Posts Tagged ‘poetry’

Ruthie Prillaman: Passagio

Friday, June 8th, 2012

Congratulations to Ruthie Prillaman, the 2012 recipient of the Fran Abrams Creative Writing Award! Both she and the Haimovicz Visual Arts Award recipient, Samantha Ritchie, will be recognized at a special ceremony on June 12. Ruthie will also read a selection of her work. Join us next Tuesday for this free reception!

by Ruthie Prillaman

It sounds like the parting of the Red Sea
As portrayed by some Italian Renaissance painter.
One would never think that it’s nothing more
Then a couple of notes humming between strings
No thicker than an eyelid.

I never know where to wave my hands
When I’m walking the tightrope.
Sway too far to the left
And a gust of wind grinds the rope to tatters.
Sway too far to the right
And the air gets too thin to breathe.

Fibers get brittle over time
If you don’t feed them;
they turn to spider webs,
sticking to your cheeks
But breaking under your touch.

I never wanted to face it,
Knowing that it would be years
Before I could weave the threads
Into anything resembling a bridge
That might support half the weight of my foot.

You can’t make your passagio go away
But if you oil it enough
And let it grow,
You can forget that it’s there
And cross.

Poetry Out Loud: Kari Barclay

Wednesday, February 29th, 2012

Each year over 365,000 high school students compete in Poetry Out Loud, a national recitation contest. Hear from Kari Barclay, a second-year Poetry Out Loud contestant, about his experience participating in Poetry Out Loud.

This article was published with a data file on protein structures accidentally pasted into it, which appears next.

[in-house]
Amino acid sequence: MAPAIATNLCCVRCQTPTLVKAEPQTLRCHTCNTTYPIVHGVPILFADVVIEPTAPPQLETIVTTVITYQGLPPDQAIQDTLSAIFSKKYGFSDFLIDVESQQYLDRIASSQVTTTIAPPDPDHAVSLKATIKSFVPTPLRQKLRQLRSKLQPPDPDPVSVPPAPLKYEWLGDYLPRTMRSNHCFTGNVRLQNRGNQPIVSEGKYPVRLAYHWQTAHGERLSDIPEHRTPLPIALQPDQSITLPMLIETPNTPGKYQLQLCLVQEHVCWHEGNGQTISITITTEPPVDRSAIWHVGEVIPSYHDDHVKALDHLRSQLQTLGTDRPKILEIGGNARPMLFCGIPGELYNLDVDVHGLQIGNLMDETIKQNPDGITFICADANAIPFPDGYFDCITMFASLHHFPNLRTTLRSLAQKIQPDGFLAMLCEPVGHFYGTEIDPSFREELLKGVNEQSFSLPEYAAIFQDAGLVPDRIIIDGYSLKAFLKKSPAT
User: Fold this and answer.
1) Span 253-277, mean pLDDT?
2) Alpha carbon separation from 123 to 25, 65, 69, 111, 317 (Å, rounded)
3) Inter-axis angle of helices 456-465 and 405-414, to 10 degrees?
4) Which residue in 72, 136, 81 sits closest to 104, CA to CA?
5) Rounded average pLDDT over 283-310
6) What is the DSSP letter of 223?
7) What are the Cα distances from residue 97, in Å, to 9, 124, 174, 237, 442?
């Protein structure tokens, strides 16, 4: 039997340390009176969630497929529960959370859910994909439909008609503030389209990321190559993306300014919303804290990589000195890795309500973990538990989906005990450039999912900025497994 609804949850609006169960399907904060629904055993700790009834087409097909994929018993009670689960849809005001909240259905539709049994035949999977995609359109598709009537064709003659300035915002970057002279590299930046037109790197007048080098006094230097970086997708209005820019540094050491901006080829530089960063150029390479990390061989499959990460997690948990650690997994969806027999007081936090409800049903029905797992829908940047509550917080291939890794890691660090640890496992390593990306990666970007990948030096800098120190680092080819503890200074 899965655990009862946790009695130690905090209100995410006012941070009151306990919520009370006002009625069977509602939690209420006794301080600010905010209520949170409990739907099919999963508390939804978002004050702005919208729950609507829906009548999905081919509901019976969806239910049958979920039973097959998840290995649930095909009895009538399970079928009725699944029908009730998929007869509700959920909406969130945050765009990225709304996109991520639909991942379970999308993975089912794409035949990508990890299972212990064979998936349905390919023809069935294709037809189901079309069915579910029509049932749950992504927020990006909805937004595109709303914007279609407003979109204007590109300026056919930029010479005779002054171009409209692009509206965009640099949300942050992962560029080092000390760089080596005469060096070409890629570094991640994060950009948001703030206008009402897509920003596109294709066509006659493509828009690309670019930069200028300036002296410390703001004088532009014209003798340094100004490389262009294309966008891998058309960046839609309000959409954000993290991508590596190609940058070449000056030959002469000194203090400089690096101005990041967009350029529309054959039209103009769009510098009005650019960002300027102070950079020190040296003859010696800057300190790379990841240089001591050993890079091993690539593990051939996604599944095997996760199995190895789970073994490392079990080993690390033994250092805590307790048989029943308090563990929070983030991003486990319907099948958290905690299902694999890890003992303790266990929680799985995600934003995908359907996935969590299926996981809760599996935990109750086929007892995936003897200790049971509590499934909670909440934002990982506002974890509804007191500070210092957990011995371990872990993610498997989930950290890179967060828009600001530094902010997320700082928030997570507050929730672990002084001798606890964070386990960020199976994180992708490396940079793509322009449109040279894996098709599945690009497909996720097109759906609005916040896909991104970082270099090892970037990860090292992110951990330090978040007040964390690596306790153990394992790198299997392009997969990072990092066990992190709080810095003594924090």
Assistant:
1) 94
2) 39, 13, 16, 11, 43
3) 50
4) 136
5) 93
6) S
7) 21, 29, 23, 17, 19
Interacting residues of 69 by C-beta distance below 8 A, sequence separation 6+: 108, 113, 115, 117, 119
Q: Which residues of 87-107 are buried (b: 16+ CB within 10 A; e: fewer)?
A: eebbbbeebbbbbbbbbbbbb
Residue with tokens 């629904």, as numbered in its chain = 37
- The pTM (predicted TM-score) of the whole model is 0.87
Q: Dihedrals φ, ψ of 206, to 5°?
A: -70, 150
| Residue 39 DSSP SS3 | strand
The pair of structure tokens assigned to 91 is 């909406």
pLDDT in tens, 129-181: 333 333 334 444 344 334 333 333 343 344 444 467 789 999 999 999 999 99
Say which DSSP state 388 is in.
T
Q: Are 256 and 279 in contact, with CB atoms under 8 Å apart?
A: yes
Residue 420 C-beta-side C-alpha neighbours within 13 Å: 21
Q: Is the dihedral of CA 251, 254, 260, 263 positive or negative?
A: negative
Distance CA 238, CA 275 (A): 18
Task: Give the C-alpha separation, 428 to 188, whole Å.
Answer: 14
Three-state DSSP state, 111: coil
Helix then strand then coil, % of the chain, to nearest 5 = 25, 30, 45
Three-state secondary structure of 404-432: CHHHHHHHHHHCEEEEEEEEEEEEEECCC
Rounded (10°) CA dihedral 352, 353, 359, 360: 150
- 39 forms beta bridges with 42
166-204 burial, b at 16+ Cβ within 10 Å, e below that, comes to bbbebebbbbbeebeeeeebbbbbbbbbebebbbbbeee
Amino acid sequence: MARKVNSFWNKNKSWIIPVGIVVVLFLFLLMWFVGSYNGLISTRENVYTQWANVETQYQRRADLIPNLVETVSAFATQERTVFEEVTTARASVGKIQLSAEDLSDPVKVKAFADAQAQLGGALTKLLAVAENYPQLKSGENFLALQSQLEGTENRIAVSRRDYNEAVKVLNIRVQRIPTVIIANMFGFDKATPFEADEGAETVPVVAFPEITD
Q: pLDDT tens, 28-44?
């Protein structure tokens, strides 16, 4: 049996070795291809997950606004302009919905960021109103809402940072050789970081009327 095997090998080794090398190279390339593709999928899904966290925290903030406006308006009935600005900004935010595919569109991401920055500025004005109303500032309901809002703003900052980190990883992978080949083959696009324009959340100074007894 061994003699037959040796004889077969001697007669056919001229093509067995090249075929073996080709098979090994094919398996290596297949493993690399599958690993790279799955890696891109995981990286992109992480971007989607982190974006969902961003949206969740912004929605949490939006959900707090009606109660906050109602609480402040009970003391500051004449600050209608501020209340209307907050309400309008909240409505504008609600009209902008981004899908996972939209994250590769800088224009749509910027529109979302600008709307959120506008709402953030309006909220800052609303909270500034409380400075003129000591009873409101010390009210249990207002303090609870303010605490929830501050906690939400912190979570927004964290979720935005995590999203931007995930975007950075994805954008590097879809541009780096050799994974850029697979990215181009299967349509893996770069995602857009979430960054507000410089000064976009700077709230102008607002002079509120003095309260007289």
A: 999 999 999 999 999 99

This is my second year reciting in Poetry Out Loud after last year coming in first at the state level and advancing to national finals, where I made it to the top 9 (out of 365,000). My experience with PoL has been phenomenal. Poetry Out Loud surrounds teens with students who, like them, are obsessed with poetry, and each teen has a passion for the poems he or she recites. Through Poetry Out Loud, I’ve met actors and slam poets and songwriters who all have a love for the spoken word. Each person has a message they want to get across to their audience.

Last year, I recited “Dog” by Lawrence Ferlinghetti, “Death be not proud” by John Donne, and “anyone lived in a pretty how town” by e.e. cummings. Speaking the poems aloud brings many of them alive. And for many students confronted with written works in a classroom setting, what would be intimidating on the page is electrifying spoken aloud. This year, I’ve come back for Poetry Out Loud to hear great reciters like the ones I encountered last year and to experiment with some new poems, “To His Coy Mistress” by Andrew Marvell and “Under the Vulture-Tree” by David Bottoms. For me, it’s rewarding to take the words on the page and give them to the audience, in a form that does not spoon-feed meaning but rather gives the audience room to interpret. I’ve loved discovering hidden layers to the poems I’m reading and joining others for their discoveries as they recite.

– Kari Barclay

Kari will compete in the Maryland state competition this Saturday, March 3 at the Baltimore Museum of Art. He is also featured as a Top Teen in Bethesda Magazine’s March/April 2012 issue.